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1460

The Yorkist lords at Calais, invited by the people of Kent, landed at Sandwich, about mid-summer.  They entered London with a large army on 2 July.  The queen raised a force, which was totally defeated by the Yorkists at Northampton on 10 July.  The duke of Buckingham, the queen’s general, was killed and the king taken prisoner.  The queen and her son fled to Scotland.

The duke of York returned from Ireland on 9 October, and made a formal claim to the crown on 16 October.  A compromise was reached on 31 October, that Henry should retain the crown for life, and be succeeded by the duke of York. The proceedings of the parliament at Coventry in 1459 were set aside as illegal.

The Queen raised an army in the north and advanced against the Yorkists. On 2 December the Duke of York left London to oppose her.  He was besieged by her forces in Sandal Castle near Wakefield, sallied out and attacked them on 30 December, but was defeated and killed. His son Edmund, Earl of Rutland, was killed and the earl of Salisbury who was also with him was executed afterwards.

By the autumn of this year York’s family (including Richard) were in the house of Sir John Fastolf in Southwark, London.

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1461

Duke Richard’s eldest son Edward, now duke of York (and afterwards Edward IV) defeated Jasper Tudor, Earl of Pembroke, at the battle of Mortimers Cross, near Wigmore, on 2 February.  The earl’s father, Owen Tudor, and several other prisoners were beheaded on the field of battle.  The queen advanced southward, defeated the earl of Warwick at the second battle of St Albans on 17 February, and rescued the king. London closed its gates against her and she was obliged to retire to the north.

Edward, duke of York, entered London on 28 February. He urged his claim before a council of peers, prelates and chief citizens, who declared him king on 3 March. He was solemnly installed at Westminster as king on 4 March, immediately marched into the north, and defeated the Lancastrians with great slaughter at the battle of Towton, near Tadcaster on 29 March. Henry, with his queen and son Edward and some of their supporters, escaped to Scotland. Edward IV returned to London, and was crowned on 28 June.

The new king created his brothers, George and Richard, dukes of Clarence and Gloucester respectively. Richard possibly placed in the household of Richard Neville, Earl of Warwick, the king’s cousin.

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1463

The duke of Somerset, Henry Beaufort, and many other Lancastrians abandoned Henry and made terms with King Edward.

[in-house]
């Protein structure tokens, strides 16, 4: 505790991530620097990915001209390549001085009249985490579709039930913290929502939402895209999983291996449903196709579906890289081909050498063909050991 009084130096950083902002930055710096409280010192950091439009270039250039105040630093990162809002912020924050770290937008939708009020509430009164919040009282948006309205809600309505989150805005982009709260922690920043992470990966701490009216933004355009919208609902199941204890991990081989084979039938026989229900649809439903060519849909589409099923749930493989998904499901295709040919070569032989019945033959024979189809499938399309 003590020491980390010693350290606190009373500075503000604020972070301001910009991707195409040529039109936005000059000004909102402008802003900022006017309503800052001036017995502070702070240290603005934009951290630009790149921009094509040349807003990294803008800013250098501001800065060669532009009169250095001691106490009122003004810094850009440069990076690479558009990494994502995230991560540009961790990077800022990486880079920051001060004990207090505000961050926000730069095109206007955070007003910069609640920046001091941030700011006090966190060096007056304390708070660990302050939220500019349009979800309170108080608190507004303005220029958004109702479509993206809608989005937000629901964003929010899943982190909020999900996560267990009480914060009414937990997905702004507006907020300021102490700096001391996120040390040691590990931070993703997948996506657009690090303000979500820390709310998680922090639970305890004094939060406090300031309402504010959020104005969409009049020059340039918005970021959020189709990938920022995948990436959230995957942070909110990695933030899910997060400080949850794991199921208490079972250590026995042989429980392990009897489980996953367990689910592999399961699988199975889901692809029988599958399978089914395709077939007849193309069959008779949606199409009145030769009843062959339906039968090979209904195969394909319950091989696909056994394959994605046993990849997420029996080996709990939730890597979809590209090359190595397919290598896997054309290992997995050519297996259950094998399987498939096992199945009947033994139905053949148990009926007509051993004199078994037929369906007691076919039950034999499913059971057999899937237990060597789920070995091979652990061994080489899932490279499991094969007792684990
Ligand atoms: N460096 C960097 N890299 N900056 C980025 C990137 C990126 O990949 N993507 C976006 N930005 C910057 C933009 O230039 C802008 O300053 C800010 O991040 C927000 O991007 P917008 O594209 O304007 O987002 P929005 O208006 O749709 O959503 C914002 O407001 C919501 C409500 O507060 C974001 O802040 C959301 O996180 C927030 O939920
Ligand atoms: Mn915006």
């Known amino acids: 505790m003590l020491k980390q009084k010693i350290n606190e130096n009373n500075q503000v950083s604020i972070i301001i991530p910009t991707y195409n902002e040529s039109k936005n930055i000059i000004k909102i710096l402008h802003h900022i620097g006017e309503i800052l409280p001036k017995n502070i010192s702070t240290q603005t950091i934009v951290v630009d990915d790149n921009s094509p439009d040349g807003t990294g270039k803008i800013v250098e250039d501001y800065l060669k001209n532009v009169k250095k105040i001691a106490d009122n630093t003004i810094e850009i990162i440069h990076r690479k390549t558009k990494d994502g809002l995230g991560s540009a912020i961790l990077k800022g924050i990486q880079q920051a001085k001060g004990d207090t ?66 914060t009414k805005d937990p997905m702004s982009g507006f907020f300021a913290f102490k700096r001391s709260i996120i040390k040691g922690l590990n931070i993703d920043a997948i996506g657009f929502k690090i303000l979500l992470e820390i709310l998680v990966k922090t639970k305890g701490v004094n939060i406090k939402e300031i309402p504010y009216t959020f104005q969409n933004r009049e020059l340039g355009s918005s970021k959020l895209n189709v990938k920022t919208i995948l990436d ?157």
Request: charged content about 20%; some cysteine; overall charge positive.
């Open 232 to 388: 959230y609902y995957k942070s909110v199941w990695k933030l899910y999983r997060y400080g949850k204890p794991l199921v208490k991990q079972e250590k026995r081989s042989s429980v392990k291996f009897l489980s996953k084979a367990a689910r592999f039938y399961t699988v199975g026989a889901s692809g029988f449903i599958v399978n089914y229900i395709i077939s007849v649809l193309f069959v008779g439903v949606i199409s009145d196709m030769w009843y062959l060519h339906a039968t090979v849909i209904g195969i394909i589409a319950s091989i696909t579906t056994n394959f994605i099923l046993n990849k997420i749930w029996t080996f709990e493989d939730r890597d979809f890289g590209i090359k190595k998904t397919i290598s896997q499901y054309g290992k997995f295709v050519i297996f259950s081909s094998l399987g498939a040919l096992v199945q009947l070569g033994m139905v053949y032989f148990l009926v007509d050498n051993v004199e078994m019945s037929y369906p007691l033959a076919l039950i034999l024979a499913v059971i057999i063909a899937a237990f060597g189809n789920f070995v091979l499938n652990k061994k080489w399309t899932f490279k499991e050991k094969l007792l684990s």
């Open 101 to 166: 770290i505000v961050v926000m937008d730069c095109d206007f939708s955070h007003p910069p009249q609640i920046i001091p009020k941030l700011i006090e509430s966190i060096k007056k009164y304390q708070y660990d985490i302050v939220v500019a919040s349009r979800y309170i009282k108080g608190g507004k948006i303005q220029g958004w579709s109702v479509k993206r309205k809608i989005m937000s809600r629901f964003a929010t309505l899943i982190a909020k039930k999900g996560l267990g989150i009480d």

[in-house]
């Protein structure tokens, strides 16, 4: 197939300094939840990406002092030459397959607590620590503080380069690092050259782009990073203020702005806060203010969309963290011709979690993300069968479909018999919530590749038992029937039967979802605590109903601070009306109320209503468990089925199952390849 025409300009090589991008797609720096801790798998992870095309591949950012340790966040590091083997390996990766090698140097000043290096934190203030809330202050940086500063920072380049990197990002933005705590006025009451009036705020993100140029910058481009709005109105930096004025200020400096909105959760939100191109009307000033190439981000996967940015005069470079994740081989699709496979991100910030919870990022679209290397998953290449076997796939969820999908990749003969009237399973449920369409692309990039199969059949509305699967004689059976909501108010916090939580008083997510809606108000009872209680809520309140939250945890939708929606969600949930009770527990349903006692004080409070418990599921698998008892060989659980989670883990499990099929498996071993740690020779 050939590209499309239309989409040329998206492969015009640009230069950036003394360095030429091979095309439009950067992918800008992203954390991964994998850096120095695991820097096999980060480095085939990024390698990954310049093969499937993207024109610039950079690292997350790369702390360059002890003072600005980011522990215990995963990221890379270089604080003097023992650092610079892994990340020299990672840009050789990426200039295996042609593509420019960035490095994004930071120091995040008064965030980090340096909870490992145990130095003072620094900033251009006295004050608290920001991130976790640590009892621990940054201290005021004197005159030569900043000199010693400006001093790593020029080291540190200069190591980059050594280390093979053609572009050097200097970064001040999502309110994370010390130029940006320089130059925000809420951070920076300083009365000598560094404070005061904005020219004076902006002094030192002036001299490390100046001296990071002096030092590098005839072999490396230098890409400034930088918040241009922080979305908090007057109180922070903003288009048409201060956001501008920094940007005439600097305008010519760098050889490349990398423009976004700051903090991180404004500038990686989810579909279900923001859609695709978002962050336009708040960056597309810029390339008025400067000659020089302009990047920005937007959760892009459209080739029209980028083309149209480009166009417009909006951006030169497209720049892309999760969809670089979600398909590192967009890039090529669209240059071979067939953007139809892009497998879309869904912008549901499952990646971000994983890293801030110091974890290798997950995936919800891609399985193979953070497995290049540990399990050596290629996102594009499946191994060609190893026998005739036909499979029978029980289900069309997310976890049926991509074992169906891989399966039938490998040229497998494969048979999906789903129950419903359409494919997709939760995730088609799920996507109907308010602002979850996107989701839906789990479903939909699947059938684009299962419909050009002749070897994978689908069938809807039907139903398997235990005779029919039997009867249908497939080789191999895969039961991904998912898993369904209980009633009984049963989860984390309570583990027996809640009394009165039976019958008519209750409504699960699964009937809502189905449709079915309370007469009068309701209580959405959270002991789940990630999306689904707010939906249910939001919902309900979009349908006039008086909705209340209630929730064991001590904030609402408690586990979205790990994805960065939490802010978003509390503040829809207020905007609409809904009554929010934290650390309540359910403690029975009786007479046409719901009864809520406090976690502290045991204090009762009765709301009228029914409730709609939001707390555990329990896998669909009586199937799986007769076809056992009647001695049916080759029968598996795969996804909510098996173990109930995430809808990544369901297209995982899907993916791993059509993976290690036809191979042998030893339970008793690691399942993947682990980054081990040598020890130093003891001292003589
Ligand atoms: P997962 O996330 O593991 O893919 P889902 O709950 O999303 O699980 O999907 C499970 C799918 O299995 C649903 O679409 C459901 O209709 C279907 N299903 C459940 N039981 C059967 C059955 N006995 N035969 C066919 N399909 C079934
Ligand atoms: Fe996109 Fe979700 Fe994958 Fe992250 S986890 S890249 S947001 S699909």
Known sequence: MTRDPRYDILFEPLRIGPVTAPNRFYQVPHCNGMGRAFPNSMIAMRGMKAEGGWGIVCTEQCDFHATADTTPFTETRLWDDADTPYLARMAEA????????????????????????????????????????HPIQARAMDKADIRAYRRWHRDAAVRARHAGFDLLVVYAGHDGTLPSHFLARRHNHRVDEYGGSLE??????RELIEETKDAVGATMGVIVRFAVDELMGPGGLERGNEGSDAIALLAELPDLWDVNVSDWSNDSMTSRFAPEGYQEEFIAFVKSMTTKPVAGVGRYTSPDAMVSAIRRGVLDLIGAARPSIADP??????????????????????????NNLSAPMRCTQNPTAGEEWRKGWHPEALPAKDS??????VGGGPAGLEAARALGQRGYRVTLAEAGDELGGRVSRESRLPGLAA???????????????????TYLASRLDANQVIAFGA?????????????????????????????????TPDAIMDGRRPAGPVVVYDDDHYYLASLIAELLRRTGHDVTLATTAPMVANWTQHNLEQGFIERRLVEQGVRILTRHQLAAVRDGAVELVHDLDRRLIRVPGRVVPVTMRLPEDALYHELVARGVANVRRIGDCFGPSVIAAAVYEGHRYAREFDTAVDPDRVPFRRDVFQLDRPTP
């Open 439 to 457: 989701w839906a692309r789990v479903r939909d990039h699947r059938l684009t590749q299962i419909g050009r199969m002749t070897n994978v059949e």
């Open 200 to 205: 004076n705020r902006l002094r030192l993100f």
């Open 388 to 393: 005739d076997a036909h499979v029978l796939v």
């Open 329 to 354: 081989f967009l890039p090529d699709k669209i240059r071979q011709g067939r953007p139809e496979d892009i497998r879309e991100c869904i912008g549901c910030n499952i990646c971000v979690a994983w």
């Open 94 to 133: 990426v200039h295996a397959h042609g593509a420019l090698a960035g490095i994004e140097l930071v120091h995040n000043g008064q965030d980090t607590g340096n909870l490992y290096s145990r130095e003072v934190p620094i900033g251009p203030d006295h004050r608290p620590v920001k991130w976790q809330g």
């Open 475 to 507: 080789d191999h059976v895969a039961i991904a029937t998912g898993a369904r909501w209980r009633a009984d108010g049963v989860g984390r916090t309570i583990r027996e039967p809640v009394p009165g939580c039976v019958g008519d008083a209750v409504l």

Queen Margaret landed in Northumberland with French troops, and retired to Scotland after no English joined her.

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1464

Queen Margaret marched into England and captured several northern castles.  She was again joined by Somerset and other supporters. John, Marquess of Montague, brother of the earl of Warwick, defeated the Lancastrians at a battle on Hedgley Moor, near Wooller, Northumberland, on 25 April, and again at Hexham, also in Northumberland, on 15 May.  Henry found refuge in Lancashire; the queen and the prince retired to Flanders. The Duke of Somerset and many other prisoners were executed.

On 29 September Edward IV revealed his marriage to Elizabeth, the widow of Sir John Grey, a Lancastrian. Edward immediately showed favour to her relatives, the Woodvilles, and thus aroused the jealousy of his brothers and his supporter, the earl of Warwick.

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1466

Henry VI was captured in Lancashire in July, conducted to London and imprisoned in the Tower.

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1467

Edward IV took the seals of office from the Chancellor, George Neville, Archbishop of York, on 9 June, a first blow against the power and influence of the Nevilles.

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1469

The king went on pilgrimage into Norfolk in June, accompanied by his brother Richard. Insurrections against the Woodvilles were raised by the earl of Warwick and Edward’s brother Clarence. On 11 July Clarence married Isabel Neville, daughter of the earl of Warwick against the wishes of his brother. On 26 July the king’s troops were defeated at Edgecote, near Banbury. The queen’s father, Richard, Earl Rivers) and her brother John Woodville, together with other supporters of the king were captured and executed. The king was arrested by Warwick and imprisoned in Middleham Castle but he was free again by late September. Warwick and the king apparently reconciled.

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